A puncture wound results when a sharp object (nail, knife, tooth) penetrates your skin and creates a small hole. And typically a shallow stab causes very little bleeding.
Treatment for a puncture wound that’s superficial and not a bite entails applying gentle pressure until bleeding subsides. Afterwards, clean your wound thoroughly, spread a thin layer of topical antibiotic over it and then cover the opening with a bandage to keep bacteria out. As your puncture heals watch for signs of infection.
An infected skin puncture usually causes symptoms of swelling, redness, warmth and discharge. If your infection is minor, continue treating your puncture with topical antibiotic ointment until symptoms subside. Should your infection persist, seek medical attention for further wound treatment.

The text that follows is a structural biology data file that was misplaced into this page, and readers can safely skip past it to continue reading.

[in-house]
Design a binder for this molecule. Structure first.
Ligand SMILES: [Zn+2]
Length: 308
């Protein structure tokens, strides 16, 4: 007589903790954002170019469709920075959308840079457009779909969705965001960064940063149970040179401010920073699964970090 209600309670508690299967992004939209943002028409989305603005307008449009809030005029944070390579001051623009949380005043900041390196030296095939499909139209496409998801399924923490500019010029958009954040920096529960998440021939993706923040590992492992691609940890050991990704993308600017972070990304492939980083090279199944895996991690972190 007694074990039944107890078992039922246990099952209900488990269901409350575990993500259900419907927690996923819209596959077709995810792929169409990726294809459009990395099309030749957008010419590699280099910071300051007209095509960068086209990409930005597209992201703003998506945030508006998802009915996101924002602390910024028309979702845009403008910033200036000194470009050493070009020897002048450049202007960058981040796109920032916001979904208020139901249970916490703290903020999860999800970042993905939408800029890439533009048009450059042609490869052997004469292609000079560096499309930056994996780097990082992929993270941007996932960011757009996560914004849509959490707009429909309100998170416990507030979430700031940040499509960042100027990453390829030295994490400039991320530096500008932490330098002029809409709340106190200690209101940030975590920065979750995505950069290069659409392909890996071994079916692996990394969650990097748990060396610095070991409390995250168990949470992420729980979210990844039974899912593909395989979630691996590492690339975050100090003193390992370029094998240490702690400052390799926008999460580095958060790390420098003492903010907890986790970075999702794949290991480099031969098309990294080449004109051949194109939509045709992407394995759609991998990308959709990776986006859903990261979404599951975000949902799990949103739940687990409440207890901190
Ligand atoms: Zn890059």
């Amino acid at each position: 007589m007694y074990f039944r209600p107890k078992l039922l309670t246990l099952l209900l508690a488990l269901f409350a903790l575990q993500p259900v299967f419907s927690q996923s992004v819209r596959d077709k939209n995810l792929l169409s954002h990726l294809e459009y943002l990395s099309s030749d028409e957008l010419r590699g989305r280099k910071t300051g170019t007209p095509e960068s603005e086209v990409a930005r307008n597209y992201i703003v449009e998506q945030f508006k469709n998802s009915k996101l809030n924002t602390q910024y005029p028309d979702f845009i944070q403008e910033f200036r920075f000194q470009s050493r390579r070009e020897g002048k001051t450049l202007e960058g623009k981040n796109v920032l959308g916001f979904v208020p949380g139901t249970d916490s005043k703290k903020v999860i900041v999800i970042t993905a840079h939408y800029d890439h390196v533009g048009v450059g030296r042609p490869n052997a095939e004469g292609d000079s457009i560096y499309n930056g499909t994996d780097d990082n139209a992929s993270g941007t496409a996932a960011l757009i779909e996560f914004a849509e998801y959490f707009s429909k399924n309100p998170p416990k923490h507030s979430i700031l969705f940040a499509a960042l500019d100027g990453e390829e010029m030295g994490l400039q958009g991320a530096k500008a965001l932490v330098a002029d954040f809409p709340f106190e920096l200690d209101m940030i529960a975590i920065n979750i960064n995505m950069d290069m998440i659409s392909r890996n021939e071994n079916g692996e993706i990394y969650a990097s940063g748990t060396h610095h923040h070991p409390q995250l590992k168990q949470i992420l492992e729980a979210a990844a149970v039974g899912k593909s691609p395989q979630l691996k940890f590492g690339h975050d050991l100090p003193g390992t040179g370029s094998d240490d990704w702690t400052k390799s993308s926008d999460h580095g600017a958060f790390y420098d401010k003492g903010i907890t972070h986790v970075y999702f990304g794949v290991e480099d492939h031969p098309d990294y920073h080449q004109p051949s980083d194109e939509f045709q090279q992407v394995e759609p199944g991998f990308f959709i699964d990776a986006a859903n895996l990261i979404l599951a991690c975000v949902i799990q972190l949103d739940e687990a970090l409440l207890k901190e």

Tetanus is a concern if dirt is on the penetrating object, e.g. a nail or wood splinter, because the bacteria that causes it is found in soil. So if the object that caused your wound is in or around dirt, it’s recommended you get a tetanus shot or booster if you haven’t had one within the last five years.
If a wild animal, including stray dogs, inflicts the puncture wound, you could be exposed to rabies. In this case, seek medical attention immediately to be evaluated for rabies vaccination treatment.